October 7, 2016

Addressing the Dressing VII: That Other Modesty Text (ctd.)

by Lyndon Unger

In the previous post, I dug through 1 Peter 3:1-6 and unpacked the v. 1-4 of that text.  I commented on how the passage addresses women who have husbands that are disobedient to God and God’s commands to those women.  Those commands would be rather amazingly difficult to obey, but God gives all women everywhere (those with good and godly husbands, those with occasionally sinful husbands, and those with wretchedly sinful husbands) more than just difficult commands.  Oh no.  He gives them firm truths onto which they can anchor their battered and fearful hearts.  In this post, I’m going to continue mining out 1 Peter 3:5-6 and unpack two titanium truths for securing a struggling heart.

In verse 1 Peter 3:5-6, Peter writes “For this is how the holy women who hoped in God used to adorn themselves, by submitting to their own husbands, as Sarah obeyed Abraham, calling him lord.  And you are her children, if you do good and do not fear anything that is frightening.

Here’s the first titanium truth:

1.  You’re one of God’s damsels.

 1 Peter 3:5-6a presents this truth.  There’s a category of women that you find yourself in when you’re married to a (even occasionally) faithless husband, and that category is two fold.  First, that category is one of “holy women.”  Now “holy” means “set-apart” or “in a separate category.”  To say that God is “holy” is to say that he’s in a completely separate category than anything else in creation.  God’s just in a completely different league.


The following phrase explains how these women are holy.  They’re holy in that they’re woman who “hoped in God.”  In other words, when their knight in shining armor turned out to be a monkey in a chicken suit they placed all their trust in the Lord.  When the guy that they had hoped would bring their hopes into being turned out to be the embodiment of their fears, they turned those struggles over to the Lord.  When they kissed their prince and he turned into a frog, or a dung beetle, they leaned on the Lord to uphold them.

They cried out to God because it felt like God was all they had left.

Then, the manifestation of their hoping in God was in their adorning themselves in submission to their mediocre husbands.  If “submission” sounds like a dirty word to you for whatever reason (and there are many reasons the term has become horribly soiled), you may want to read this for a little help in understanding what “submission” means in the Bible.

Sadly, the situation Peter is referencing is one that is both old and familiar, hence God points all trapped-in-a-horrible-marriage wives to Sarah, the wife of Abraham.  She’s one of the first poster girls for that club; she had married a great guy but he wasn’t always nominated for husband of the year.  Just as a tiny refresher, Abraham was a guy who dragged Sarah to a new and foreign country after they had been married and comfortably settled for decades (Gen. 12:1-5), and on the way there denied being Sarah’s husband and allowed her to be taken into someone’s harem (Gen. 12:10-20).  What would have been her natural reaction to that news?

Hey babe. Good news: I got 40 goats. Bad news: you're staying behind in Pharoah's harem. If anyone asks, you're my sister.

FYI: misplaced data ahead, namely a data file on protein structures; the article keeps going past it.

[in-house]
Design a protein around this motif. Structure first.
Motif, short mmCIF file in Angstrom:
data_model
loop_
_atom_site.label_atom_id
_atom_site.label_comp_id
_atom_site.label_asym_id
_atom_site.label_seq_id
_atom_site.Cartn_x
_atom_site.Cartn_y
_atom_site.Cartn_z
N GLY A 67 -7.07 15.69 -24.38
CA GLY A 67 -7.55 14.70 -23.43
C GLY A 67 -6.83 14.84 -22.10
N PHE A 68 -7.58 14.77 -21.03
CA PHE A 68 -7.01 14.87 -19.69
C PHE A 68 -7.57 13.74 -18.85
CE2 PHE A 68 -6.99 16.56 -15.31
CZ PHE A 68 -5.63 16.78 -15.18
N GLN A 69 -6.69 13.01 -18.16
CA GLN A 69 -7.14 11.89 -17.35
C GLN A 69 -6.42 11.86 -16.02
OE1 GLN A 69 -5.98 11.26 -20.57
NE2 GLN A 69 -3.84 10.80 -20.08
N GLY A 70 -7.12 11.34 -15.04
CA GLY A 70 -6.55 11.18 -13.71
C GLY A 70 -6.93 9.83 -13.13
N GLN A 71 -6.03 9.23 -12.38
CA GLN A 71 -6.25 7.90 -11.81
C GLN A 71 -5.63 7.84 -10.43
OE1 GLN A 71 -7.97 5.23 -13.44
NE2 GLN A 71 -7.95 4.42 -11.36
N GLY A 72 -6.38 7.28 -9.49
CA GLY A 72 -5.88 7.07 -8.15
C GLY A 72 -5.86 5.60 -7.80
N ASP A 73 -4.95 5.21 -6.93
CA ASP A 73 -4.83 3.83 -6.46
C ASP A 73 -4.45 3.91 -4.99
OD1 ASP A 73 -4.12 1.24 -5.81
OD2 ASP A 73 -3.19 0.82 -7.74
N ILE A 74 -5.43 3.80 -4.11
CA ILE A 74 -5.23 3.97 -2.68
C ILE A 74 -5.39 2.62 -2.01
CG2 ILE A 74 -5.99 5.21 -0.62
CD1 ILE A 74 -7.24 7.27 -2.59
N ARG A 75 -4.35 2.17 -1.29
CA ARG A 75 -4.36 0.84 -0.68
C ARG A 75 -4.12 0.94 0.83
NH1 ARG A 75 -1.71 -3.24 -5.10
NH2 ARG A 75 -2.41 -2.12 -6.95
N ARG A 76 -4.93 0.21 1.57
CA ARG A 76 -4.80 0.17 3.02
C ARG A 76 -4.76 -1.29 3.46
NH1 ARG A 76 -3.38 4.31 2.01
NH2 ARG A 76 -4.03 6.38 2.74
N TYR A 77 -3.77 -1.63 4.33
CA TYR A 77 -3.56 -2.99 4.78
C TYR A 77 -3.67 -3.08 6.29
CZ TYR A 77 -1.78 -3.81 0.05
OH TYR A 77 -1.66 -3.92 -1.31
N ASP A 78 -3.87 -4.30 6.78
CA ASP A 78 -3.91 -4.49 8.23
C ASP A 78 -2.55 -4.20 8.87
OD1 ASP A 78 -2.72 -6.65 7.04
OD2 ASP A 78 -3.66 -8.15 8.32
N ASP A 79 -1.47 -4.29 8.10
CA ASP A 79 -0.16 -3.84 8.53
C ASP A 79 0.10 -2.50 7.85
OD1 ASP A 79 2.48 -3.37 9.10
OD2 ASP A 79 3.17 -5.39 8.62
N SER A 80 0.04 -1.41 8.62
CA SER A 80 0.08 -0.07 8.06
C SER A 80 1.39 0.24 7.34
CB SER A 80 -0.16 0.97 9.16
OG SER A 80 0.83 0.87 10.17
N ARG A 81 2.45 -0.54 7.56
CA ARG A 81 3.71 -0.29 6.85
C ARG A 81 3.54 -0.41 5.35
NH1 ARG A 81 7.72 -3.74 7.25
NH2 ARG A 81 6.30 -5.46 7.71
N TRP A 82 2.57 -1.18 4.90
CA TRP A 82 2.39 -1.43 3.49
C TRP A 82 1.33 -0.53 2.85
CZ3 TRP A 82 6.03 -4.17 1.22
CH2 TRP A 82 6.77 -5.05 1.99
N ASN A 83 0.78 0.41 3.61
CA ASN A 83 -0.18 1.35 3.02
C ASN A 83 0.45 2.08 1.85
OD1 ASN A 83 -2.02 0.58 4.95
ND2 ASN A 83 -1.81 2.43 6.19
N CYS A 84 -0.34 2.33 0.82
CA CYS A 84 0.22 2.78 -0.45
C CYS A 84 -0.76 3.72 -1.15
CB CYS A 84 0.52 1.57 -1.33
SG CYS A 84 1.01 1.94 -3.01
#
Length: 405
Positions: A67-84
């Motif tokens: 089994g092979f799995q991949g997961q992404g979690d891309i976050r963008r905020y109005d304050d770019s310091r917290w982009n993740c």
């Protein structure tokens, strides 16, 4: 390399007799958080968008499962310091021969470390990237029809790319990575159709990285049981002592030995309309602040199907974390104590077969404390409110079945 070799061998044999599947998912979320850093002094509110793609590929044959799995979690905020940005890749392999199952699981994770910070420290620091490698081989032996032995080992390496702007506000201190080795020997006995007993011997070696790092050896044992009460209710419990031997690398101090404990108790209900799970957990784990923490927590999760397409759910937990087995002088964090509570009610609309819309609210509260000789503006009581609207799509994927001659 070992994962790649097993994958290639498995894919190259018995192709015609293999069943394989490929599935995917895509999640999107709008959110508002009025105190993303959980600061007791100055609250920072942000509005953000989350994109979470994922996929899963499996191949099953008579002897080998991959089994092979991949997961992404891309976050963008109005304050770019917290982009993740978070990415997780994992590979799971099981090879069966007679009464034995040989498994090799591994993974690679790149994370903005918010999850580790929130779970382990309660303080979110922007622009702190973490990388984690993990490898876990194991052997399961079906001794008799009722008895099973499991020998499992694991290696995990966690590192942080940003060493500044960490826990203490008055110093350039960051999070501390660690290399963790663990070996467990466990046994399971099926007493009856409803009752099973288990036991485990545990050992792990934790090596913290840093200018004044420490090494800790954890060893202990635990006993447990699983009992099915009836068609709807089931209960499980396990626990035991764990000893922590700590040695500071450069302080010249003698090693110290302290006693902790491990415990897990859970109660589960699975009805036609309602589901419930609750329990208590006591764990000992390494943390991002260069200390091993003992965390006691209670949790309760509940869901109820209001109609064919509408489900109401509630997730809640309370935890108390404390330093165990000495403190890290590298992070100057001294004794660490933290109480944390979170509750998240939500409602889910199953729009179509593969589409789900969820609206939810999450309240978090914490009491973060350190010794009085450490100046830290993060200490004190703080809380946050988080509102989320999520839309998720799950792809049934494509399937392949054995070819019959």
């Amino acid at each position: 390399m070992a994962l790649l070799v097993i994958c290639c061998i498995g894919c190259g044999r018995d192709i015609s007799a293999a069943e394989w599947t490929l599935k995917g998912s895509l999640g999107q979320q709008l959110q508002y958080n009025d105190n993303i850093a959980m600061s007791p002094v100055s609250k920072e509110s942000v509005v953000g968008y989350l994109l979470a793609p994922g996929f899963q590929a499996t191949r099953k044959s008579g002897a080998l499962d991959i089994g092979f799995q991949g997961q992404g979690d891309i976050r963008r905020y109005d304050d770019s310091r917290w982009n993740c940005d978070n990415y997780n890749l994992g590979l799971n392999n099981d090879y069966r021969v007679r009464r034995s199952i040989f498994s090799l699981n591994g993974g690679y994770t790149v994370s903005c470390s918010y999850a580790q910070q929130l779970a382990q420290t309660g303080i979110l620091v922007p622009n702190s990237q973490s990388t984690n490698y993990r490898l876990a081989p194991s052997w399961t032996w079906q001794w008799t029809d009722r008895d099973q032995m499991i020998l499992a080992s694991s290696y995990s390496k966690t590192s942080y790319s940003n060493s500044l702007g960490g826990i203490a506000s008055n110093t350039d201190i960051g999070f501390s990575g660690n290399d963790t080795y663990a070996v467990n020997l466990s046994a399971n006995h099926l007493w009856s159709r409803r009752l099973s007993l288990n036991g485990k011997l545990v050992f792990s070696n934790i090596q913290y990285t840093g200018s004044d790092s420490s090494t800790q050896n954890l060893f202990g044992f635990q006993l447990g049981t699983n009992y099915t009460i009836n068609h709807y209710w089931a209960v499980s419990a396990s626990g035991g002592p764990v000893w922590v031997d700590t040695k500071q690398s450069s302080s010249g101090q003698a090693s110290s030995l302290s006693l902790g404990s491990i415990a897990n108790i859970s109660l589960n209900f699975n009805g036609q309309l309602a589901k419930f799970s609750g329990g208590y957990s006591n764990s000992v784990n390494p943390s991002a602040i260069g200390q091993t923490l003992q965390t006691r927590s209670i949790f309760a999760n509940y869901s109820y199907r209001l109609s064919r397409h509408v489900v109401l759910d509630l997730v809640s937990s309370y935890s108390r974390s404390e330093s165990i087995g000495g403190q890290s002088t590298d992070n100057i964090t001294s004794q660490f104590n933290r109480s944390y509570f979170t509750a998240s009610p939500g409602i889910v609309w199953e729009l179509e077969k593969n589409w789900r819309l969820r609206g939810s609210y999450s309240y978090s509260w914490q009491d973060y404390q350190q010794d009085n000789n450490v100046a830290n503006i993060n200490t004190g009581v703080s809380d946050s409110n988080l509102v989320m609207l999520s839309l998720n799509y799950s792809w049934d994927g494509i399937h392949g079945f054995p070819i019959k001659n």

“Hey U. Gr8 news: Pharaoh gave me livestock & slaves! Leaving 4 Canaan 2morrow!  Bad news: U R staying behind in Pharaoh’s harem. If any1 asks, U R my sister. xoxo, Abe.”

I cannot even imagine what was going through Sarah’s mind the second time that happened (Gen. 20:1-18).  That’s right.  Abraham did that twice.  I’m quite confident that Sarah cried out to God for help, since her husband of several decades won the “worst husband of the year” awards multiple times.  In fact, Abraham had a few more shining examples of #HubbyFail that you can find in Genesis.

Yet, she acted in a way that doesn’t make any sense; she submitted to him even when he wasn’t being the man he should have been.  That submission doesn’t make sense…at least outside of a mighty, just, wise and saving God.  Sarah knew enough about God to know that he had placed her in the situation she was in, and she submitted to God.  The practical outworking of her submission to God was in submission to her (occasionally) less than stellar feller.

1 Peter 3:6 says that she even went so far as to call him “master”.  The Greek term here is kurios, which is a very common term in the New Testament.  It’s a word that occurs 748 times in the New Testament and though it’s often used as the Greek equivalent of the name of God in the Old Testament, here it just means “master”.  Without getting into what would be a rather unwieldy rabbit trail, it’s safe to say that the term designates a person of significant authority.

Sarah placed herself under the authority and leading of her husband, regardless of what he did and how shameful he acted at times.  She didn’t do that because he was a man worthy of following or because she always got tangible and immediate benefit out of it.  On the surface, there were several times where her submission would have appeared to have backfired horribly.  Still, she did it because her submission to her husband was actually the practical manifestation of her ultimate submission to God…and God mentions her two thousand years later as an example of a woman worth emulating.  That’s a rather weighty endorsement of her behavior and character.

God Likes

When a woman who is struggling under the weight of being married to a Godly man who has lost the “Godly” part, she still needs to submit to God.  That doesn’t mean that she is a doormat or acts as if abuse is acceptable, but rather that she doesn’t attempt to manipulate or muscle her husband into being righteous.  She leaves the work of the Holy Spirit to the Spirit and fulfills the various roles that God has assigned her as best she can without becoming a thorn in the side of a stink weed.